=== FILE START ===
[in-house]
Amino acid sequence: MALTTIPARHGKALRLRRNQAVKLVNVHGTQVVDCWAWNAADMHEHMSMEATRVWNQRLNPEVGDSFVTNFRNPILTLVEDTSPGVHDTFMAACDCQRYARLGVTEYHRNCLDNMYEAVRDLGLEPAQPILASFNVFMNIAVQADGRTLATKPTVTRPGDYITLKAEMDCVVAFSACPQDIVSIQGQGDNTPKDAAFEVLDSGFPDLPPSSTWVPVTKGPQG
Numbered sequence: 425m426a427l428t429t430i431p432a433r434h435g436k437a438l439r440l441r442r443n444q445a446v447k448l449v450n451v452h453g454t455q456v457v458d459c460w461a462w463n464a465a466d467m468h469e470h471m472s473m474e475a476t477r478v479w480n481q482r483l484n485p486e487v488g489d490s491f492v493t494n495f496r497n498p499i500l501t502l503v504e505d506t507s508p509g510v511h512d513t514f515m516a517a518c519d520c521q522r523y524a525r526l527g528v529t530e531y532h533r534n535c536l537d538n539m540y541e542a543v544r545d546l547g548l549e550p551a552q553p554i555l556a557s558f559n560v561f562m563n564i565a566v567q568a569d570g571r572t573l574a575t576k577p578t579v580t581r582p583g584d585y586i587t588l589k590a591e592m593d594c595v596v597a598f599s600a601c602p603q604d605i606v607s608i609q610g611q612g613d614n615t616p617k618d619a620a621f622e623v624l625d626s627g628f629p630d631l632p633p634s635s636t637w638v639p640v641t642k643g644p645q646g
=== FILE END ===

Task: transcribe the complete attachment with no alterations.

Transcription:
[in-house]
Amino acid sequence: MALTTIPARHGKALRLRRNQAVKLVNVHGTQVVDCWAWNAADMHEHMSMEATRVWNQRLNPEVGDSFVTNFRNPILTLVEDTSPGVHDTFMAACDCQRYARLGVTEYHRNCLDNMYEAVRDLGLEPAQPILASFNVFMNIAVQADGRTLATKPTVTRPGDYITLKAEMDCVVAFSACPQDIVSIQGQGDNTPKDAAFEVLDSGFPDLPPSSTWVPVTKGPQG
Numbered sequence: 425m426a427l428t429t430i431p432a433r434h435g436k437a438l439r440l441r442r443n444q445a446v447k448l449v450n451v452h453g454t455q456v457v458d459c460w461a462w463n464a465a466d467m468h469e470h471m472s473m474e475a476t477r478v479w480n481q482r483l484n485p486e487v488g489d490s491f492v493t494n495f496r497n498p499i500l501t502l503v504e505d506t507s508p509g510v511h512d513t514f515m516a517a518c519d520c521q522r523y524a525r526l527g528v529t530e531y532h533r534n535c536l537d538n539m540y541e542a543v544r545d546l547g548l549e550p551a552q553p554i555l556a557s558f559n560v561f562m563n564i565a566v567q568a569d570g571r572t573l574a575t576k577p578t579v580t581r582p583g584d585y586i587t588l589k590a591e592m593d594c595v596v597a598f599s600a601c602p603q604d605i606v607s608i609q610g611q612g613d614n615t616p617k618d619a620a621f622e623v624l625d626s627g628f629p630d631l632p633p634s635s636t637w638v639p640v641t642k643g644p645q646g